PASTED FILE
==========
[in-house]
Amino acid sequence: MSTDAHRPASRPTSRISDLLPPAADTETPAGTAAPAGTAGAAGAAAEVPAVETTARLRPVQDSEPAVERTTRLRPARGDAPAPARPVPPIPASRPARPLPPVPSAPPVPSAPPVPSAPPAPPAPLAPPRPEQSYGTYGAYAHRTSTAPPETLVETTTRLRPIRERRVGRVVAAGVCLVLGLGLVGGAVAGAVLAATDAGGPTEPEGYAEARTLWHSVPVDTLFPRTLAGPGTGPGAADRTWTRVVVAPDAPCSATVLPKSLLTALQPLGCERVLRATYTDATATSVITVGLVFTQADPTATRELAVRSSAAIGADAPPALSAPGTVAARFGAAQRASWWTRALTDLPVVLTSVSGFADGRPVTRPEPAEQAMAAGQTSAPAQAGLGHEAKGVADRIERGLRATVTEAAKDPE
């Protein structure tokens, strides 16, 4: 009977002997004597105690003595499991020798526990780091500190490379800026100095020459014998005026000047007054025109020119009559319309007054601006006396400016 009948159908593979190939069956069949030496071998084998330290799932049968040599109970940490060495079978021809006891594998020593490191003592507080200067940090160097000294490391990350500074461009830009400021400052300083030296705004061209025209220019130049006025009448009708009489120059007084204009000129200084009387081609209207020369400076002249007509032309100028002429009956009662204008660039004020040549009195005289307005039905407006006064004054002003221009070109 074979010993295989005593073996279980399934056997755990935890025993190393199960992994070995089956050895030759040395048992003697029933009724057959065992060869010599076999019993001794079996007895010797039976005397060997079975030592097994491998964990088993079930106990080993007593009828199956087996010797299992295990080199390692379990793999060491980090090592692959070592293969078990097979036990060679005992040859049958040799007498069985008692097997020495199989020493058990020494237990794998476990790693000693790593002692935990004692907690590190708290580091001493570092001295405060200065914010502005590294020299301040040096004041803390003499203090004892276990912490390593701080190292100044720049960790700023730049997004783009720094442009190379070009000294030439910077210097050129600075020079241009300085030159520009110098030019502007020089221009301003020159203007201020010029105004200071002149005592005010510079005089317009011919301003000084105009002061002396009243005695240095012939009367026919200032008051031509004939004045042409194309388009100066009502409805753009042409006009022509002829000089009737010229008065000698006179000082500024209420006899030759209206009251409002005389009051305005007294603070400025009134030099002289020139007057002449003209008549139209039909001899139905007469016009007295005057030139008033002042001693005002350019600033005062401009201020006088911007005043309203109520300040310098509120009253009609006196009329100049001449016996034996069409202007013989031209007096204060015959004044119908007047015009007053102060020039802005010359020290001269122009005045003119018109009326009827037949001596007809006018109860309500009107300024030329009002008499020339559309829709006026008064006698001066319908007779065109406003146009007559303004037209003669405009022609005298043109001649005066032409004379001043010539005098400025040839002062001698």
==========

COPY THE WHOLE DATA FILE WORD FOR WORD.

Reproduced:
[in-house]
Amino acid sequence: MSTDAHRPASRPTSRISDLLPPAADTETPAGTAAPAGTAGAAGAAAEVPAVETTARLRPVQDSEPAVERTTRLRPARGDAPAPARPVPPIPASRPARPLPPVPSAPPVPSAPPVPSAPPAPPAPLAPPRPEQSYGTYGAYAHRTSTAPPETLVETTTRLRPIRERRVGRVVAAGVCLVLGLGLVGGAVAGAVLAATDAGGPTEPEGYAEARTLWHSVPVDTLFPRTLAGPGTGPGAADRTWTRVVVAPDAPCSATVLPKSLLTALQPLGCERVLRATYTDATATSVITVGLVFTQADPTATRELAVRSSAAIGADAPPALSAPGTVAARFGAAQRASWWTRALTDLPVVLTSVSGFADGRPVTRPEPAEQAMAAGQTSAPAQAGLGHEAKGVADRIERGLRATVTEAAKDPE
């Protein structure tokens, strides 16, 4: 009977002997004597105690003595499991020798526990780091500190490379800026100095020459014998005026000047007054025109020119009559319309007054601006006396400016 009948159908593979190939069956069949030496071998084998330290799932049968040599109970940490060495079978021809006891594998020593490191003592507080200067940090160097000294490391990350500074461009830009400021400052300083030296705004061209025209220019130049006025009448009708009489120059007084204009000129200084009387081609209207020369400076002249007509032309100028002429009956009662204008660039004020040549009195005289307005039905407006006064004054002003221009070109 074979010993295989005593073996279980399934056997755990935890025993190393199960992994070995089956050895030759040395048992003697029933009724057959065992060869010599076999019993001794079996007895010797039976005397060997079975030592097994491998964990088993079930106990080993007593009828199956087996010797299992295990080199390692379990793999060491980090090592692959070592293969078990097979036990060679005992040859049958040799007498069985008692097997020495199989020493058990020494237990794998476990790693000693790593002692935990004692907690590190708290580091001493570092001295405060200065914010502005590294020299301040040096004041803390003499203090004892276990912490390593701080190292100044720049960790700023730049997004783009720094442009190379070009000294030439910077210097050129600075020079241009300085030159520009110098030019502007020089221009301003020159203007201020010029105004200071002149005592005010510079005089317009011919301003000084105009002061002396009243005695240095012939009367026919200032008051031509004939004045042409194309388009100066009502409805753009042409006009022509002829000089009737010229008065000698006179000082500024209420006899030759209206009251409002005389009051305005007294603070400025009134030099002289020139007057002449003209008549139209039909001899139905007469016009007295005057030139008033002042001693005002350019600033005062401009201020006088911007005043309203109520300040310098509120009253009609006196009329100049001449016996034996069409202007013989031209007096204060015959004044119908007047015009007053102060020039802005010359020290001269122009005045003119018109009326009827037949001596007809006018109860309500009107300024030329009002008499020339559309829709006026008064006698001066319908007779065109406003146009007559303004037209003669405009022609005298043109001649005066032409004379001043010539005098400025040839002062001698």